• Data Services
  • Accreditation Services
  • Board Services

Learn more about Exam Master’s products and services and how we support PA education by reaching out to [email protected]

Managing PA Admissions Personnel Part 3: Common Questions

Managing PA Admissions Personnel Part 1: Creating the Key Admissions Duty Timeline

ISSUE 12

Managing PA Admissions Personnel Part 1: Creating the Key Admissions Duty Timeline

By Jim Pearson and Dr. Scott Massey

Welcome back to PA Admissions Corner. In our last issue, we covered the basics of helping your applicants to get to know, like, and trust your program through a transactional lens with the applicant as a customer. But the troubling truth is that even if applicants are clamoring for admission, without a good staff to organize, review, and manage admissions data, meeting goals and filling seats will be challenging.

The next few Issues of PA Admissions Corner will revolve around your personnel and how to manage and develop their workflow. Can they handle the duties within your admissions cycle that have the highest impact on your admissions outcome?

Many PA programs understandably feel that they do not have enough time to review, evaluate, process, and properly select interview applicants from their total applicant pool, whether it’s 400 or 1400 applicants. They often end up choosing the wrong applicants for interviews and acceptance offers; many of whom back out and enroll elsewhere. The program then scrolls further down the waitlist to fill the incoming cohort with applicants who may not be fully qualified.

The first task is to restructure your admissions department’s workflow to overcome the logistical issues with the greatest potential to affect your admissions outcomes.

 

List Your PA Program Key Admissions Duties

All admissions departments develop patterns for their duties, timelines, and procedures. Many patterns are necessary and beneficial to your admissions department’s outcomes, but others ultimately become counterproductive to ongoing admissions goals.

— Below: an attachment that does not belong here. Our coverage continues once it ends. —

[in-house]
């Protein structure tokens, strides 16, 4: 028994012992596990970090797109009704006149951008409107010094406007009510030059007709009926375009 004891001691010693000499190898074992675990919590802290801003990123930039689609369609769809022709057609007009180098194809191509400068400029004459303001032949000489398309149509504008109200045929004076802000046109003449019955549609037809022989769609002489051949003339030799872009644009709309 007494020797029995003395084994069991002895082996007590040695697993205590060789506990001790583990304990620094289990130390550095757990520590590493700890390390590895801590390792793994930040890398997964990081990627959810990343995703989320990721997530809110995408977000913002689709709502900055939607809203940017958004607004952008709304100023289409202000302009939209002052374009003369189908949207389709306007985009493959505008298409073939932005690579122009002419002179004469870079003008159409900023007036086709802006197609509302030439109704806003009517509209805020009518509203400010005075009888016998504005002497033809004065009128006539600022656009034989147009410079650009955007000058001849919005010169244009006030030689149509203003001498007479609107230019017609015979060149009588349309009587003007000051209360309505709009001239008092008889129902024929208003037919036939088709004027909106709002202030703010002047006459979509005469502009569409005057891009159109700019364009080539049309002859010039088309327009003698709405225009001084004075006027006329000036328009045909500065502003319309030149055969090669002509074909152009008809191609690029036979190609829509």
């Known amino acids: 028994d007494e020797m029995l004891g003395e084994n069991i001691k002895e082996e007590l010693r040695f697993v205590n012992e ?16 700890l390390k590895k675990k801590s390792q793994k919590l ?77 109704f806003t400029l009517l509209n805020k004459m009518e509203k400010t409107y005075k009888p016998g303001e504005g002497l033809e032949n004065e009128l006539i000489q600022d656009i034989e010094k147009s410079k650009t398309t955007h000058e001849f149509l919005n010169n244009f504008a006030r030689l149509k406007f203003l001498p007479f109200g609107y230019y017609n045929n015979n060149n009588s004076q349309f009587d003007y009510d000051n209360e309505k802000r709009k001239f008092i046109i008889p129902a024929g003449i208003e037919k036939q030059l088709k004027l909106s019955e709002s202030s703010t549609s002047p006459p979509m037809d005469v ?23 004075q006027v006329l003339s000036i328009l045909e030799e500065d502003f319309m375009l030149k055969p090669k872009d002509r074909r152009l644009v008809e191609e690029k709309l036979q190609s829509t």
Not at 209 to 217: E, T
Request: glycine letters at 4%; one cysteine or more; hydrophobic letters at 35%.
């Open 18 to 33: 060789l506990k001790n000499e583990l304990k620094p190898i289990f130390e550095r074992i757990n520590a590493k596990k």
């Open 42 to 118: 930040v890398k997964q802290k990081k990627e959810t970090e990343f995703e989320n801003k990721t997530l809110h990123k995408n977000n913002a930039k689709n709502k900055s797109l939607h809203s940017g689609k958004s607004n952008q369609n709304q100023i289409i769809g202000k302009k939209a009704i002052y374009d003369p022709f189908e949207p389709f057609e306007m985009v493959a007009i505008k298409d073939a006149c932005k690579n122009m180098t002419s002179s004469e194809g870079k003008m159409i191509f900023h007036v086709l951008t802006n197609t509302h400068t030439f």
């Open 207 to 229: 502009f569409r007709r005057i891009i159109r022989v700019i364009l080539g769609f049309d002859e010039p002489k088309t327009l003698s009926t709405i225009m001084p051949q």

A key self-discovery question we’ve asked hundreds of admissions directors while working with them to strengthen their program’s outcomes is, “Why are you doing this specific task or duty this way?” As the director,  answer this question for all practices and procedures, then determine if adjustments are needed.

The Key Admissions Duty Timelines table we put together will help you with this task. Read the instructions below, then complete the exercises in the table.

  1. All data requested in this table is only for your PA program’s current application cycle and does not have any connection to when CASPA opens and closes if you are using that application processing portal.
  2. If specific duties are performed during the year before your cycle opens, list the previous year’s month ( “previous Nov”). If specific duties are performed during the year after your cycle opens, list the following year’s month ( “following Jan”).
  3. Some admissions duties will vary by a few days or weeks each calendar year, so list these dates in a 15-day range (for example, “CASPA opens April 15-30,” or “First Interview scheduled July 15-30”).

Key Admissions Duty Timeline
In the table below (download & print), list your PA program’s dates for the following key admissions workflow duties:

 

What Dates Do You Control?

As you review your PA program’s Key Admissions Duty Timeline, you will notice certain dates that you have limited or no control over; ARC-PA controls your matriculation date, and you must follow CASPA’s due dates, for example.

Many key admissions duty dates you can control, however, like the start and end of your admissions cycle, your interview cycle, and when acceptance letters are sent.